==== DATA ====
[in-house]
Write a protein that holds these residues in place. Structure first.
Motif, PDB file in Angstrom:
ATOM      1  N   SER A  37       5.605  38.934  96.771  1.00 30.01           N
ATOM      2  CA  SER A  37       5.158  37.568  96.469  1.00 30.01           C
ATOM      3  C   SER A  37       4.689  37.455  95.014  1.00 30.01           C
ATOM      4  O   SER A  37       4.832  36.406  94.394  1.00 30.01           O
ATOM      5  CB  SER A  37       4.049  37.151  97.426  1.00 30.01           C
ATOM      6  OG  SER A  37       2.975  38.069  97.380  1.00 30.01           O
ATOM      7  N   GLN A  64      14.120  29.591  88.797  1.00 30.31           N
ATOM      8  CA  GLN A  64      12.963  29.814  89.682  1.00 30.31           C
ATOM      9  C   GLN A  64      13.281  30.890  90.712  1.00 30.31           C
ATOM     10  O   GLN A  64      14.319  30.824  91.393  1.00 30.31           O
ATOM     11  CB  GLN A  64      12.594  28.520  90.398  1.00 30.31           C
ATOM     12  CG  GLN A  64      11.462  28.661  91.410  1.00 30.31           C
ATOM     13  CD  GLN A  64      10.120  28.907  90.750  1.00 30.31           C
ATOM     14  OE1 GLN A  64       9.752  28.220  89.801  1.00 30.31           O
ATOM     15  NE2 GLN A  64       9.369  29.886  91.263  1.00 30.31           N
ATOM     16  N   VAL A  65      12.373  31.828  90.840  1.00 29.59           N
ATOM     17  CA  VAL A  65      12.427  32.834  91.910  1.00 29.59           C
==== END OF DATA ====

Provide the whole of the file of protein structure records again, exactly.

[in-house]
Write a protein that holds these residues in place. Structure first.
Motif, PDB file in Angstrom:
ATOM      1  N   SER A  37       5.605  38.934  96.771  1.00 30.01           N
ATOM      2  CA  SER A  37       5.158  37.568  96.469  1.00 30.01           C
ATOM      3  C   SER A  37       4.689  37.455  95.014  1.00 30.01           C
ATOM      4  O   SER A  37       4.832  36.406  94.394  1.00 30.01           O
ATOM      5  CB  SER A  37       4.049  37.151  97.426  1.00 30.01           C
ATOM      6  OG  SER A  37       2.975  38.069  97.380  1.00 30.01           O
ATOM      7  N   GLN A  64      14.120  29.591  88.797  1.00 30.31           N
ATOM      8  CA  GLN A  64      12.963  29.814  89.682  1.00 30.31           C
ATOM      9  C   GLN A  64      13.281  30.890  90.712  1.00 30.31           C
ATOM     10  O   GLN A  64      14.319  30.824  91.393  1.00 30.31           O
ATOM     11  CB  GLN A  64      12.594  28.520  90.398  1.00 30.31           C
ATOM     12  CG  GLN A  64      11.462  28.661  91.410  1.00 30.31           C
ATOM     13  CD  GLN A  64      10.120  28.907  90.750  1.00 30.31           C
ATOM     14  OE1 GLN A  64       9.752  28.220  89.801  1.00 30.31           O
ATOM     15  NE2 GLN A  64       9.369  29.886  91.263  1.00 30.31           N
ATOM     16  N   VAL A  65      12.373  31.828  90.840  1.00 29.59           N
ATOM     17  CA  VAL A  65      12.427  32.834  91.910  1.00 29.59           C